Mushroom of the Week: The Fairy Ring Mushroom


The Fairy Ring mushroom is delightfully named, evoking childhood legends of elves and fairies dancing around a ring of mushrooms.  They often grow in a circular pattern called fairy rings which were believed to be the place where dragons rested (Austria) or where the devil churned his milk (Holland) or where bisons danced (Native Americans). 

The species we are concerned with here is also known as the Scotch Bonnet, the Clover Windling (don't the British have cute little names?) and the Mousseron, but its true Latin name is Marasmius oreades. 

In the mushroom world Marasmius oreades is also referred to as an "LBM" or Little Brown Mushroom which is a term generated to deter beginners from attempting to eat any little brown mushrooms because that group includes a lot of hard to identify and poisonous species.  Best to err on the side of caution as one builds a bigger vocabulary of mushrooms that they can identify.  In all honesty though, this little brown mushroom is not too hard to learn to identify. It has a light brown cap typically with a bump or “umbo” in the center of it.  Its gills are widely spaced apart and are quite broad, or wide, for their size.  They produce white spores if you set them on dark paper overnight and their stems lack a ring, or partial veil, on them and are quite unusually tough, unlike the vast majority of other little brown mushrooms which have fragile stems. 

They also have a certain pleasant odor to them that you will come to recognize once you start noticing them.  They grow all over the place such as my lawn, Sweeney Park and probably three quarters of the lawns in town.

A fairy ring occurs when fungi produce fruiting bodies in a circular pattern.  The ring expands year after year as they digest grass or roots buried beneath the soil.  More often than not one will encounter just an arc or partial circle pattern or simply just a cluster of mushrooms.  Over 60 to 80 species can produce fairy rings if they want to and they fall into two groups: those made by saprobic fungi (decayers) are called “Free Fairy Rings” and those made by mycorrhizal fungi (symbiotic ones with trees) are called “Tethered Fairy Rings.”  Species that can produce them are numerous including our little Scotch Bonnet, Agaricus campestris (the white button mushroom), Chlorophyllum molybdites (the Sickener), and even Amanita muscaria (the Mario Brothers mushroom, my name for it).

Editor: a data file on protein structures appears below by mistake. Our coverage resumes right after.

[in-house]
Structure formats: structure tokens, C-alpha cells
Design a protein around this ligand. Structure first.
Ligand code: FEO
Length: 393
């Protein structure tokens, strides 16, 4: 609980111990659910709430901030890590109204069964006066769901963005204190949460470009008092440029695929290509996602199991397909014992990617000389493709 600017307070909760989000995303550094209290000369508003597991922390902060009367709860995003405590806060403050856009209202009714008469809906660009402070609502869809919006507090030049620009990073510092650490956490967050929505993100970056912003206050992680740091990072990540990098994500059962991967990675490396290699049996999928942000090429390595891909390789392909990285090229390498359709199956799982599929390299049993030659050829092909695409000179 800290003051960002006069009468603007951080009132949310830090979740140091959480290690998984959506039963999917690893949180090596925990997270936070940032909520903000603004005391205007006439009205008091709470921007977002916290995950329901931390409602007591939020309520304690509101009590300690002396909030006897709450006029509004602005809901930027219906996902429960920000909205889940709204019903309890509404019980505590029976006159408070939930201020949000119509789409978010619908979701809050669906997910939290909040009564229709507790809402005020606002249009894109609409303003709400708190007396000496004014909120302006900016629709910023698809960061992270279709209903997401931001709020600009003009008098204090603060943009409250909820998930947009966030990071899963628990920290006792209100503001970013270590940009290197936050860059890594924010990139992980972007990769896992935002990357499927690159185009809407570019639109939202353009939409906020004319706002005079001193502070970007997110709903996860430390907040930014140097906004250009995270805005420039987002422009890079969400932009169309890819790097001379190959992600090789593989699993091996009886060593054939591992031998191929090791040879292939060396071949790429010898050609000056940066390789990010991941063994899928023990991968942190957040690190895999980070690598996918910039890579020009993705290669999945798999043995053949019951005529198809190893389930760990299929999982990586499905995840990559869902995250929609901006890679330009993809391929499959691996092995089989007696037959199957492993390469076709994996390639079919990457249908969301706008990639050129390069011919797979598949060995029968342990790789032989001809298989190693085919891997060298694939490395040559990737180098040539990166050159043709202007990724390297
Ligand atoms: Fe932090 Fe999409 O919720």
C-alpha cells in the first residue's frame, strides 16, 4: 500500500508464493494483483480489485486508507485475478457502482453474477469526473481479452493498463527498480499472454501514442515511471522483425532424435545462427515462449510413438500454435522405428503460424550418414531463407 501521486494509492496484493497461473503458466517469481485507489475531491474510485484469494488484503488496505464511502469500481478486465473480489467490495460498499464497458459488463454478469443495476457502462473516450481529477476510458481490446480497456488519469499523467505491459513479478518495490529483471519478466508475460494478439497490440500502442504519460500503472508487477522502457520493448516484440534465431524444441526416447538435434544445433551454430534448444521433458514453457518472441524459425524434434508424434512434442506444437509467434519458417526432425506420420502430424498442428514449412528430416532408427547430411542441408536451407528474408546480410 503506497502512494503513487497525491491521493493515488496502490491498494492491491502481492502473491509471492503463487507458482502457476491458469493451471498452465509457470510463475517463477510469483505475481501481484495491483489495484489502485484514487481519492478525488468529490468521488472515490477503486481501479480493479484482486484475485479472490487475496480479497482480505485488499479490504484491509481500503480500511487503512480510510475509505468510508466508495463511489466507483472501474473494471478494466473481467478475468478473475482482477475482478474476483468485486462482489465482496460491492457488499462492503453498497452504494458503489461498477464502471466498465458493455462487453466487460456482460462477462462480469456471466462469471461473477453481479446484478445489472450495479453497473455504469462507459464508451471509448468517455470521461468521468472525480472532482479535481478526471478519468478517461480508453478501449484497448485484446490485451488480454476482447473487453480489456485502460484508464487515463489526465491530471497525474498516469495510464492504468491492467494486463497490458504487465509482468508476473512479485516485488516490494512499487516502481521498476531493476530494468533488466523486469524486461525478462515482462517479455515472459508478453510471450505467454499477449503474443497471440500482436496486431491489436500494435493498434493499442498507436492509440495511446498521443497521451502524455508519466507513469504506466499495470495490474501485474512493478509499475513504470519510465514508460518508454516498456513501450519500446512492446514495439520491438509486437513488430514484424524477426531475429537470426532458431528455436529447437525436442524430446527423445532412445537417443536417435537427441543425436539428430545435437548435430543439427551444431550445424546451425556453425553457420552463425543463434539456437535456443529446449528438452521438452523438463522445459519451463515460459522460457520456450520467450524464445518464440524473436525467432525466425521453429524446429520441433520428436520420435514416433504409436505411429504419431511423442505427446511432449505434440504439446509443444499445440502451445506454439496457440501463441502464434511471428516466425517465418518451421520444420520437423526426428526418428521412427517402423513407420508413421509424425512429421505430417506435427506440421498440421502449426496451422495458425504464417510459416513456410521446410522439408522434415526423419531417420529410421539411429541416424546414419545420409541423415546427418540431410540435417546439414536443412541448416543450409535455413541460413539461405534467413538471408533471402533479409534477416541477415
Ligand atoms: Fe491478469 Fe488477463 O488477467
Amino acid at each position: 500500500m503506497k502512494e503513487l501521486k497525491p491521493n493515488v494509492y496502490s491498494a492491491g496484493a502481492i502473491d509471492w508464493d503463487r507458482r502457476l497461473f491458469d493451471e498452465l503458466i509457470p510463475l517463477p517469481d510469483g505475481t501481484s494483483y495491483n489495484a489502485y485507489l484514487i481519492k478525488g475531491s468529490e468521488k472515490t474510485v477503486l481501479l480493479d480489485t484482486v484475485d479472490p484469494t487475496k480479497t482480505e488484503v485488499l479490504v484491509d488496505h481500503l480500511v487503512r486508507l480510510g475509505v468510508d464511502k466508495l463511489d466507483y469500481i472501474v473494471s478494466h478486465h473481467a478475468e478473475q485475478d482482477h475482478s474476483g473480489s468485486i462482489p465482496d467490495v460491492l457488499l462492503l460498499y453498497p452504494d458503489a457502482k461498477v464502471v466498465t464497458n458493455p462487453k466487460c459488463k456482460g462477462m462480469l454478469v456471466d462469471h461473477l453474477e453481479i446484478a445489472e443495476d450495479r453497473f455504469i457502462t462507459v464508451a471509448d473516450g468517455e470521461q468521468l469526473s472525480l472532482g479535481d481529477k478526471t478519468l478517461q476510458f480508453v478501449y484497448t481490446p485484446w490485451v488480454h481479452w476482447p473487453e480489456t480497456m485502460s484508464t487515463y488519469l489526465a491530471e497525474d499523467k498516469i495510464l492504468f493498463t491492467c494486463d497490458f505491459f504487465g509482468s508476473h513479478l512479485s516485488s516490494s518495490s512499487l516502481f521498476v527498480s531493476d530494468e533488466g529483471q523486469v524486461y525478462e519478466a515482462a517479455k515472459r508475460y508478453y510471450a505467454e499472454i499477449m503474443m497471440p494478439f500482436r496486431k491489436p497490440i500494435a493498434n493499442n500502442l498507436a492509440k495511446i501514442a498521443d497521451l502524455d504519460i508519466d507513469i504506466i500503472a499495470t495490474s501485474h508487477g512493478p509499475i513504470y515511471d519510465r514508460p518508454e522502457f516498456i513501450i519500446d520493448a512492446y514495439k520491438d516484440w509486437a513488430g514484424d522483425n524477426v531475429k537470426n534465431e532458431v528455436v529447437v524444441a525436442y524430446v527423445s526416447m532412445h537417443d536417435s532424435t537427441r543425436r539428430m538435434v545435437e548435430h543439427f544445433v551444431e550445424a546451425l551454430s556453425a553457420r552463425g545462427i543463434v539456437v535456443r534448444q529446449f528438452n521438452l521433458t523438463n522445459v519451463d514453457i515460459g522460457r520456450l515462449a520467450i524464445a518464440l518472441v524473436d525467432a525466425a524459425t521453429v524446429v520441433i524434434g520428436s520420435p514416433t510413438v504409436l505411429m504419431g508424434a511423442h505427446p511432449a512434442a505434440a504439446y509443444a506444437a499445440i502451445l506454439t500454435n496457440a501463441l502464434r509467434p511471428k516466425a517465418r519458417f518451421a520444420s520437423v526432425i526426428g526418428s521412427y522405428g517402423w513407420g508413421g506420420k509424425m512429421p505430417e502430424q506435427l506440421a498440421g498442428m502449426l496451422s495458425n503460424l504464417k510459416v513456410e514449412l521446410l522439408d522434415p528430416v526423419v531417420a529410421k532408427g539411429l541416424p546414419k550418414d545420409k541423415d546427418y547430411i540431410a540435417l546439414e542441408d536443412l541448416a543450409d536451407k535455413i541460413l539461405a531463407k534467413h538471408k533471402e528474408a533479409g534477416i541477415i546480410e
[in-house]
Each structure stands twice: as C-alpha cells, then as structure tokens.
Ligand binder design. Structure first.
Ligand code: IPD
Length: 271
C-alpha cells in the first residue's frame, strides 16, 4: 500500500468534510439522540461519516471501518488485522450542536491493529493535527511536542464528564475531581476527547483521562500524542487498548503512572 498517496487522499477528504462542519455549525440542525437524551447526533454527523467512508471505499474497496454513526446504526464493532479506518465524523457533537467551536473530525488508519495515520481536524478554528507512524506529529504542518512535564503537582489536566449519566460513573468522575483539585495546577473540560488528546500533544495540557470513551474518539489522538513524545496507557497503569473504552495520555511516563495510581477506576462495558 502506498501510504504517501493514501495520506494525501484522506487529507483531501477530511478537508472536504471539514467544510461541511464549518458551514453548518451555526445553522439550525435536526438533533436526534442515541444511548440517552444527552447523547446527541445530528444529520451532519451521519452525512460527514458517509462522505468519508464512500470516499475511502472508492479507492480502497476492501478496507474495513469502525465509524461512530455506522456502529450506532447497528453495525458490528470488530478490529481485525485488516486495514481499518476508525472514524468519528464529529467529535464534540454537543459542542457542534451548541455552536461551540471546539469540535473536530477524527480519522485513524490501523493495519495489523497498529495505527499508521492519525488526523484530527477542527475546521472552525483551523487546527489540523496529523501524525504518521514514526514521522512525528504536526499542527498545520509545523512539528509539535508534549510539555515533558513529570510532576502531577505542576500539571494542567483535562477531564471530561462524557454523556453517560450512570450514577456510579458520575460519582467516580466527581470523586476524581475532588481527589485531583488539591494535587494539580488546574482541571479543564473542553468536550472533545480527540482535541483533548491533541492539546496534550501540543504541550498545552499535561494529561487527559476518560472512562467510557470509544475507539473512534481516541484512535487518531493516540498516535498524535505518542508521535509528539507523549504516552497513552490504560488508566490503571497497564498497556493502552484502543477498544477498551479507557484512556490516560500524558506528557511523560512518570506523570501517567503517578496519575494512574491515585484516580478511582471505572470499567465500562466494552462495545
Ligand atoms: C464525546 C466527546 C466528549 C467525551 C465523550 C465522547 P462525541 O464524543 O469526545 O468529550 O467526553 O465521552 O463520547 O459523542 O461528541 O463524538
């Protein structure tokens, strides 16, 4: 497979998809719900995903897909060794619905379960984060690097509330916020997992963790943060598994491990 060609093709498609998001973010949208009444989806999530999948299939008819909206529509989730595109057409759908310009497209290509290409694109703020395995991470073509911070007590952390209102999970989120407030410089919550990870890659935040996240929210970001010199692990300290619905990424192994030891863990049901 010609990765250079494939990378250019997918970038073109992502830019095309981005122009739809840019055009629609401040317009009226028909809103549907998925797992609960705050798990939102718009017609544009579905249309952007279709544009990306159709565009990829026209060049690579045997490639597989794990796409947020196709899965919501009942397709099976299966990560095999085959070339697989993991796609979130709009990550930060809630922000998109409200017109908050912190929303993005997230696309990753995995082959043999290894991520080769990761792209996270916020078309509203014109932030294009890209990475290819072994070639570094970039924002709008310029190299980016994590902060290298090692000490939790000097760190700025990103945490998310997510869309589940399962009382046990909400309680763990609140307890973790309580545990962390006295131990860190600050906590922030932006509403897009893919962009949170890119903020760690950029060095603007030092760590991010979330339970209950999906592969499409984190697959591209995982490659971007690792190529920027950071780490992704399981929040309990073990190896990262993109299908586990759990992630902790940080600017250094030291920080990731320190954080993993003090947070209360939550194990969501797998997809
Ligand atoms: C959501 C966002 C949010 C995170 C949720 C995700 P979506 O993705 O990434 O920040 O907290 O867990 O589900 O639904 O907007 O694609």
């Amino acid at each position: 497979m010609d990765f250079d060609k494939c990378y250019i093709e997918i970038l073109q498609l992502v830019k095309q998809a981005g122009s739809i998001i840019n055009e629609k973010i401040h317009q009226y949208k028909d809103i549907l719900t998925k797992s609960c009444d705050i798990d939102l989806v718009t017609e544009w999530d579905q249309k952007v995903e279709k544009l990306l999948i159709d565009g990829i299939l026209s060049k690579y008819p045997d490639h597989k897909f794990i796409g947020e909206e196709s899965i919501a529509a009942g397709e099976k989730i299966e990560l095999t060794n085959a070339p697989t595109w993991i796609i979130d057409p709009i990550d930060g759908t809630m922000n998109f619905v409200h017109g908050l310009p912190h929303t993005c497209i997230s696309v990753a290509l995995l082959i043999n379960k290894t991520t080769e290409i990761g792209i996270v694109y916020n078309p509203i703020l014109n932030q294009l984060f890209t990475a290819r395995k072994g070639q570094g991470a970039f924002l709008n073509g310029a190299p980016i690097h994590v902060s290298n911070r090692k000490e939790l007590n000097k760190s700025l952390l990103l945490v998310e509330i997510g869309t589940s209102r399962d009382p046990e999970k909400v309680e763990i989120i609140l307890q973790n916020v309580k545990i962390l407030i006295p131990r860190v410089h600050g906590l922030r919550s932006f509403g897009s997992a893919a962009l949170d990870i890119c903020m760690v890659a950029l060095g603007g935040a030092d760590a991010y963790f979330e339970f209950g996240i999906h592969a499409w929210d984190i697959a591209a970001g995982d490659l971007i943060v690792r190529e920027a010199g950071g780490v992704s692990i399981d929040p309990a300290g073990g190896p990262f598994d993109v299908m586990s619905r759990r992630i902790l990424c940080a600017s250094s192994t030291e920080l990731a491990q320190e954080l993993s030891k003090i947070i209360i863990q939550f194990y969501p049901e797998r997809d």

So, of all these species, why does the Scotch Bonnet receive the honor of often being called the Fairy Ring mushroom?  Probably because it is the most common of all of them and is a very good edible species too.

Free fairy rings are typically found in grass lawns and baseball fields.  Tethered fairy rings are typically found in woodlands circling the tree they are living with.  It is suspected that our little Clover Windling may release toxic levels of ammonia or cyanide into the soil as it digests the sugars hidden in the roots they decay there.  This may kill the grass in the area allowing fast growing plants such as weeds to take hold.  If you want to get rid of them don't try stepping on them as this will certainly not succeed.  The fungi is the mycelia living in a vast network in the soil and the mushrooms are merely fruiting bodies that one sees from time to time.  Porosity of the soil may be an issue so heavy watering might help your lawn survive if you find those pesky Windlings doing any damage.

In France it is claimed there exists a fairy ring of Mousseron that is 2,000 ft in diameter and over 700 years old.  Probably all you'll find in our town are little groups of a dozen or so or arcs comprising part of a ring.  They dry very easily for preserving and reconstitute just as easily with a remarkably pleasant flavor for making soups or sauces with. 

So, keep your eye out for those Scotch Bonnets, and imagine the dragons and fairies that may have lived here in our tiny town many centuries ago.

Gary Gilbert teaches and leads mushroom walks in the area and is a member of the Boston Mycological Club. He is the originator of “Mycocards”, flashcards for learning mushrooms by genus as well as having recipes in the recent Fantastic Fungi Community Cookbook.

fungi, fairy ring, mushroom